There's no way of knowing how Lofton will fare from beyond the arc in a conference populated with quick, athletic guards, but it's interesting to note the last propsect with his reputation as a shooter to sign with Tennessee was another Kentucky native — Allen Houston.
What follows are the top six shooters in Tennessee basketball history as picked by this writer after surveying the statistics and seeking out other informed opinions.
(1) Michael Brooks: 6-2, 170, guard, Memphis, Tenn., played at Tennessee from 1981-1985. Averaged 12.6 points in 127 games to finish ninth on the Vols all-time scoring list and led team with 17.0 average as a senior. He was an excellent free throw shooter (84.7 for his career) who was called upon to hold the ball and draw fouls late in games before the shot clock was instituted. He was also deadly from the outside in the clutch. He shot 50 percent for his career, hitting 648-of-1300 and shot 51.3 percent as a senior. The amazing thing about Brooks is the average distance of those 1300 shots. Although it was prior to the 3-point line, Brooks must have averaged 20-feet in distance on his attempts. Because he wasn't particularly tall, nor did he have a great vertical leap, Brooks had to create his distance horizontally to get a clear shot. That means he was often pumping in jump shots from 25 feet with total impunity. A tribute to Brooks' shooting prowess occurred when the Knoxville News Sentinel ran a full page spread entitled: "The Art of the Jump Shot" breaking down the mechanics of Michael's splendid stroke. Had he played with a three-point line, he'd probably be among the top five scorers in Tennessee history and one of the top three-point shooters in college history. To fully appreciate just how good Brooks was consider this. Tennessee head coach Don DeVoe demanded great defense and high percentage shots of his players. Brooks started for three seasons under DeVoe and didn't provide either.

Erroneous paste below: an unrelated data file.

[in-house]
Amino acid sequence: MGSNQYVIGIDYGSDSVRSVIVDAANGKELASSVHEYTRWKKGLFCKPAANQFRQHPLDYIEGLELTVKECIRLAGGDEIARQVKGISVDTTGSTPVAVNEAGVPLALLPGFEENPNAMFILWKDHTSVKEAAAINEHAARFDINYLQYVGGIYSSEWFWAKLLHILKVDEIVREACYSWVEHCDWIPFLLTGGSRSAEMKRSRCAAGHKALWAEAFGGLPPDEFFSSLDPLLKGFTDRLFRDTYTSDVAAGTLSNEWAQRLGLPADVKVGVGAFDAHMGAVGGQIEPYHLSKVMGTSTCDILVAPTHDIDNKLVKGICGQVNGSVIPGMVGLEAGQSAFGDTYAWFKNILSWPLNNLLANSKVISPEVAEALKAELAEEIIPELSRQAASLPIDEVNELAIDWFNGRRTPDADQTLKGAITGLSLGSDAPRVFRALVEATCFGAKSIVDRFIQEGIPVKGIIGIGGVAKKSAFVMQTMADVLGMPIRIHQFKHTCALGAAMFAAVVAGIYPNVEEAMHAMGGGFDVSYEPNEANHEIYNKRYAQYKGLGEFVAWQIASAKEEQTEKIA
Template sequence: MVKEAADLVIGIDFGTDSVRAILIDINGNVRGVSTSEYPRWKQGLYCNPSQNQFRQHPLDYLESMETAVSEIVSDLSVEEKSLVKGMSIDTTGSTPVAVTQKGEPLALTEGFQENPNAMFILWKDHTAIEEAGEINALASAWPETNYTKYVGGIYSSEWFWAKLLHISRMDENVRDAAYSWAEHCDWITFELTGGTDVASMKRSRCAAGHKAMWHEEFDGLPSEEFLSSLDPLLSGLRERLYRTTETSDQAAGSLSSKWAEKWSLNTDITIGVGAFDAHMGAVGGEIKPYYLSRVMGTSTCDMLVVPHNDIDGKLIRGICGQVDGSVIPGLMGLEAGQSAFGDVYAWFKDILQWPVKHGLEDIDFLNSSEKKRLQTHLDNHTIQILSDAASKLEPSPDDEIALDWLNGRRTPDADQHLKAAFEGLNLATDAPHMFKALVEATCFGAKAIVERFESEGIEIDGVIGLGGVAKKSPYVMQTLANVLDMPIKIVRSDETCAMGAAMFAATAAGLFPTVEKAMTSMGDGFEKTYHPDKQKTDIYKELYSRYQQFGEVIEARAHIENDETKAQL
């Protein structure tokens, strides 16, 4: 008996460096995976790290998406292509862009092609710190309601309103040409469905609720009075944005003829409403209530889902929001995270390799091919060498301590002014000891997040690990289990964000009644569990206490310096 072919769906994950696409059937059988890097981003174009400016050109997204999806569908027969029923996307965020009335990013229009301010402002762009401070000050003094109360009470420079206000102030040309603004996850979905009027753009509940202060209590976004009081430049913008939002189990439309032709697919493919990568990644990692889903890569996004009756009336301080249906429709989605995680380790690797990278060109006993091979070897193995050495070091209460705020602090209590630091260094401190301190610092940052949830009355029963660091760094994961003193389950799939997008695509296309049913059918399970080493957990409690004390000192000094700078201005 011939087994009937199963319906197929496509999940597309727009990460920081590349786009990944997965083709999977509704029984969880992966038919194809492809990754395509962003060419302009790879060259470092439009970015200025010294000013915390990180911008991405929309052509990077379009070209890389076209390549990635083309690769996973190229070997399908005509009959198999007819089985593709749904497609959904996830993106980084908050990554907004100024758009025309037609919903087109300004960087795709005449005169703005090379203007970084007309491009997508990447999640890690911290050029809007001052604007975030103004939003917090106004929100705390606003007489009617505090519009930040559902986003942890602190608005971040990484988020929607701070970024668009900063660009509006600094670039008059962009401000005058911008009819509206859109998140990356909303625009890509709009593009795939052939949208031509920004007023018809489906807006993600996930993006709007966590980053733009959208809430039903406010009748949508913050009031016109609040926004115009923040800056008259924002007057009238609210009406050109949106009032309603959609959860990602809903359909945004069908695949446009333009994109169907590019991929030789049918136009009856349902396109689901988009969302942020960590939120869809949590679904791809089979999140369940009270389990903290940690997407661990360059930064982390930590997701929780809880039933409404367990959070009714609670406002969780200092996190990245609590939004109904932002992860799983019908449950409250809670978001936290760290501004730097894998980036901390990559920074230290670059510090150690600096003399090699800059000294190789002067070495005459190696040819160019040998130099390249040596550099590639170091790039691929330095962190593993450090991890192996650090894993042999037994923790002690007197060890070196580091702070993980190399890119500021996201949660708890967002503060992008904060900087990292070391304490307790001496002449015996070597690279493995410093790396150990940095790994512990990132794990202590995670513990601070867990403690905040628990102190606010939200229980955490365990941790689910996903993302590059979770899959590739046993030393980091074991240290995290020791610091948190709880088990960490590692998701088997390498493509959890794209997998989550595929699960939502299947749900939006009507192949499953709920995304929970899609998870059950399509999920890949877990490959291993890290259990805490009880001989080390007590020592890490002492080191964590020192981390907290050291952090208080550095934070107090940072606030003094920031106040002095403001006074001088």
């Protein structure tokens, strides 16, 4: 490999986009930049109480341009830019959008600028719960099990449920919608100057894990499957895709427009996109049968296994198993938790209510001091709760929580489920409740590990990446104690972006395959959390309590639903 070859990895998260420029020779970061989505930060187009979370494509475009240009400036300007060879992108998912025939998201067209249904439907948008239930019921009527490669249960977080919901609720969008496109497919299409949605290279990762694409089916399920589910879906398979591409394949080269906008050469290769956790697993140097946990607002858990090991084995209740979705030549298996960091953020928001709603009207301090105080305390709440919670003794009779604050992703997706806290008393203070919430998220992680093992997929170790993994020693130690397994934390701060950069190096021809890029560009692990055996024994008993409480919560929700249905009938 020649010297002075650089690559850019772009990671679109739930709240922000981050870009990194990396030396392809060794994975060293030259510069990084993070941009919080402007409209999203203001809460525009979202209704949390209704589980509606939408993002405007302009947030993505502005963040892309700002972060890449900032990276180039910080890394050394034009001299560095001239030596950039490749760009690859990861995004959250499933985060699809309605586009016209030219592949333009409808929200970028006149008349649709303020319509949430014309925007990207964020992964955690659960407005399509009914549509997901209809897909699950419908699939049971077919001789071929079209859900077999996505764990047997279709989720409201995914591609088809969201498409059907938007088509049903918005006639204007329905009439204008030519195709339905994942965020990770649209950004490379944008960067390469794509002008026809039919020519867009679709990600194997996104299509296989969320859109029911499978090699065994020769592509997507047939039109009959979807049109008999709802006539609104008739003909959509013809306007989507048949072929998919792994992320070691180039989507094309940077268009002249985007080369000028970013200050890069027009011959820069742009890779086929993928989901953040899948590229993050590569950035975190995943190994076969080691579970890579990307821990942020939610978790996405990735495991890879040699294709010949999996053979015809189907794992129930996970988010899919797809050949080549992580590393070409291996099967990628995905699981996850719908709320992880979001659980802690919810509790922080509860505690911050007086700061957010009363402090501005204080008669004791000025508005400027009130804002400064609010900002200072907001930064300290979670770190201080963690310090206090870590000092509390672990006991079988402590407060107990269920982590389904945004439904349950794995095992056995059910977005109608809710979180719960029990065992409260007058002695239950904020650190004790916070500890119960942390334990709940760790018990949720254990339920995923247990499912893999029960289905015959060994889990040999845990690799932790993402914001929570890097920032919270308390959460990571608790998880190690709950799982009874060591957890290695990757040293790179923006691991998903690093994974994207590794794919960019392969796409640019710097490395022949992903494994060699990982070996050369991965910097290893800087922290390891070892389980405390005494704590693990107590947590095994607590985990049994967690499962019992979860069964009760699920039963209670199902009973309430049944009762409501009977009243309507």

(2) Allan Houston: 6-6, 200, guard from Louisville, Kentucky, is actually the only player on this list who played with the benefit of the 3-point shot in college. Houston hit 346-of-817 (42.4 percent) of 3-point shots for his career despite facing a constant array of defenses designed to stop him first. Tennessee's all-time leading scorer averaged 21.9 points over his four-year college career, hitting 84.9 percent of his free throws and 46.0 from the field. Houston got his first chance as a collegian to go against a normal defense that didn't concentrate on him when he played for a college all-star squad that went up against America's first Dream Team. He burned the best basketball team ever assembled for eight three-pointers and he's been lighting it up in the NBA ever since. Houston's height enables him to get a good shot off over smaller guards and his ability to create space off the dribble gives him a cushion to take advantage of his quick release. Houston has one of the most fundamentally sound shots in the NBA today.
(3) Dale Ellis: 6-7, 205, forward, Marietta, Ga. was one of the greatest post-up players in Tennessee basketball history. So what's he doing on this list? Well, Ellis moved out to the perimeter frequently during his senior campaign and showcased the shot that would become among the most feared in the NBA for the next 17 seasons. An outstanding leaper with a cool disposition, Ellis appeared suspended in air when he released his silky smooth jumper at the the pinnacle of his leap. He hit an incredible 59.5 percent of his field goal attempts for his college career which is actually one-half point higher than Vol great Bernard King. He also shot a sizzling 60.1 percent during his senior campaign when he started to step out to the perimeter to display a sweet stroke. In addition to becoming one of the top 3-point shooters in NBA history, Ellis also has the distinction of once beating Larry Bird in a three-pointer shooting contest held at the league's all-star game. Ellis is fifth in career scoring at UT averaging 17.5 and he shot 76.5 percent from the foul line. He often, unfairly, played second fiddle to the more flamboyant Dominique Wilkins in the press and is arguably the most underrated player in the history of the SEC.